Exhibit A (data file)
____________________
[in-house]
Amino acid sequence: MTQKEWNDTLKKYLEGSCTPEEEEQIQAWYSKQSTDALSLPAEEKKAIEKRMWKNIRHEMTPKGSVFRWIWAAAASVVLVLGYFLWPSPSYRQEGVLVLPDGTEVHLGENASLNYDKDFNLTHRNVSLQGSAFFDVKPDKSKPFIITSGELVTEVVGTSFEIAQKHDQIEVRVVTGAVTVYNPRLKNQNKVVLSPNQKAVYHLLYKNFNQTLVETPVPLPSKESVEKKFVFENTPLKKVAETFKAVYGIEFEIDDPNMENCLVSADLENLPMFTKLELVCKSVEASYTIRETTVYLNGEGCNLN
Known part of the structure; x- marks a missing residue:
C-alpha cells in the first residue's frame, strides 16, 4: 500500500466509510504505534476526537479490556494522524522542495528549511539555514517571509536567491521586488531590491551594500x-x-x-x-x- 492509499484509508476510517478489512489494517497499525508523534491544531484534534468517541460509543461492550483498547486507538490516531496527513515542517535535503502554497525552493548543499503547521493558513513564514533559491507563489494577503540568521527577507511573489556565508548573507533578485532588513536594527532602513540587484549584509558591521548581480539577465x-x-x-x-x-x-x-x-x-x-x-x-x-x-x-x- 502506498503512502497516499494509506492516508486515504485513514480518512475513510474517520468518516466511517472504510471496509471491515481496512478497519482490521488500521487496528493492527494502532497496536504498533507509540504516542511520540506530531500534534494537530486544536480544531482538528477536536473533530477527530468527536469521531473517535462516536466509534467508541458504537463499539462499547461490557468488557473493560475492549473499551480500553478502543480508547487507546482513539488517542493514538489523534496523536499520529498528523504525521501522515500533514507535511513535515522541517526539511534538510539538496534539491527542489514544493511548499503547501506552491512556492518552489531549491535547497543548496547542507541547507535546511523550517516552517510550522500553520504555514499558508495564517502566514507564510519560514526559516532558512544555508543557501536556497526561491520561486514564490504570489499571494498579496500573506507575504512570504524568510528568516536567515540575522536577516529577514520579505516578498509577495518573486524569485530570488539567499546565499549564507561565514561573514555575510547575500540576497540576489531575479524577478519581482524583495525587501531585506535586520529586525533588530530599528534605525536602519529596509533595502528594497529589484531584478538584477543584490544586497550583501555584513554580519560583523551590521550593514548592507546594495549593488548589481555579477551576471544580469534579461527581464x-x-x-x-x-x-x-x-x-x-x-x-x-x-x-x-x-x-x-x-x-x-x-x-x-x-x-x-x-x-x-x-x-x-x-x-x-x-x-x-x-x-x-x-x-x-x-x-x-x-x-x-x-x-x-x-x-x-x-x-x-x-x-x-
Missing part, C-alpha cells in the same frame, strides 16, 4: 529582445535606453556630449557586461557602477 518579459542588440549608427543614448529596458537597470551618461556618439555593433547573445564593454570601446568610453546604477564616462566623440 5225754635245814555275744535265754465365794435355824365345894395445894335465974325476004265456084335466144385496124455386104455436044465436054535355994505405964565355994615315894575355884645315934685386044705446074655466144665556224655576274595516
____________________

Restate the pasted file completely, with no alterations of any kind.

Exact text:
[in-house]
Amino acid sequence: MTQKEWNDTLKKYLEGSCTPEEEEQIQAWYSKQSTDALSLPAEEKKAIEKRMWKNIRHEMTPKGSVFRWIWAAAASVVLVLGYFLWPSPSYRQEGVLVLPDGTEVHLGENASLNYDKDFNLTHRNVSLQGSAFFDVKPDKSKPFIITSGELVTEVVGTSFEIAQKHDQIEVRVVTGAVTVYNPRLKNQNKVVLSPNQKAVYHLLYKNFNQTLVETPVPLPSKESVEKKFVFENTPLKKVAETFKAVYGIEFEIDDPNMENCLVSADLENLPMFTKLELVCKSVEASYTIRETTVYLNGEGCNLN
Known part of the structure; x- marks a missing residue:
C-alpha cells in the first residue's frame, strides 16, 4: 500500500466509510504505534476526537479490556494522524522542495528549511539555514517571509536567491521586488531590491551594500x-x-x-x-x- 492509499484509508476510517478489512489494517497499525508523534491544531484534534468517541460509543461492550483498547486507538490516531496527513515542517535535503502554497525552493548543499503547521493558513513564514533559491507563489494577503540568521527577507511573489556565508548573507533578485532588513536594527532602513540587484549584509558591521548581480539577465x-x-x-x-x-x-x-x-x-x-x-x-x-x-x-x- 502506498503512502497516499494509506492516508486515504485513514480518512475513510474517520468518516466511517472504510471496509471491515481496512478497519482490521488500521487496528493492527494502532497496536504498533507509540504516542511520540506530531500534534494537530486544536480544531482538528477536536473533530477527530468527536469521531473517535462516536466509534467508541458504537463499539462499547461490557468488557473493560475492549473499551480500553478502543480508547487507546482513539488517542493514538489523534496523536499520529498528523504525521501522515500533514507535511513535515522541517526539511534538510539538496534539491527542489514544493511548499503547501506552491512556492518552489531549491535547497543548496547542507541547507535546511523550517516552517510550522500553520504555514499558508495564517502566514507564510519560514526559516532558512544555508543557501536556497526561491520561486514564490504570489499571494498579496500573506507575504512570504524568510528568516536567515540575522536577516529577514520579505516578498509577495518573486524569485530570488539567499546565499549564507561565514561573514555575510547575500540576497540576489531575479524577478519581482524583495525587501531585506535586520529586525533588530530599528534605525536602519529596509533595502528594497529589484531584478538584477543584490544586497550583501555584513554580519560583523551590521550593514548592507546594495549593488548589481555579477551576471544580469534579461527581464x-x-x-x-x-x-x-x-x-x-x-x-x-x-x-x-x-x-x-x-x-x-x-x-x-x-x-x-x-x-x-x-x-x-x-x-x-x-x-x-x-x-x-x-x-x-x-x-x-x-x-x-x-x-x-x-x-x-x-x-x-x-x-x-
Missing part, C-alpha cells in the same frame, strides 16, 4: 529582445535606453556630449557586461557602477 518579459542588440549608427543614448529596458537597470551618461556618439555593433547573445564593454570601446568610453546604477564616462566623440 5225754635245814555275744535265754465365794435355824365345894395445894335465974325476004265456084335466144385496124455386104455436044465436054535355994505405964565355994615315894575355884645315934685386044705446074655466144665556224655576274595516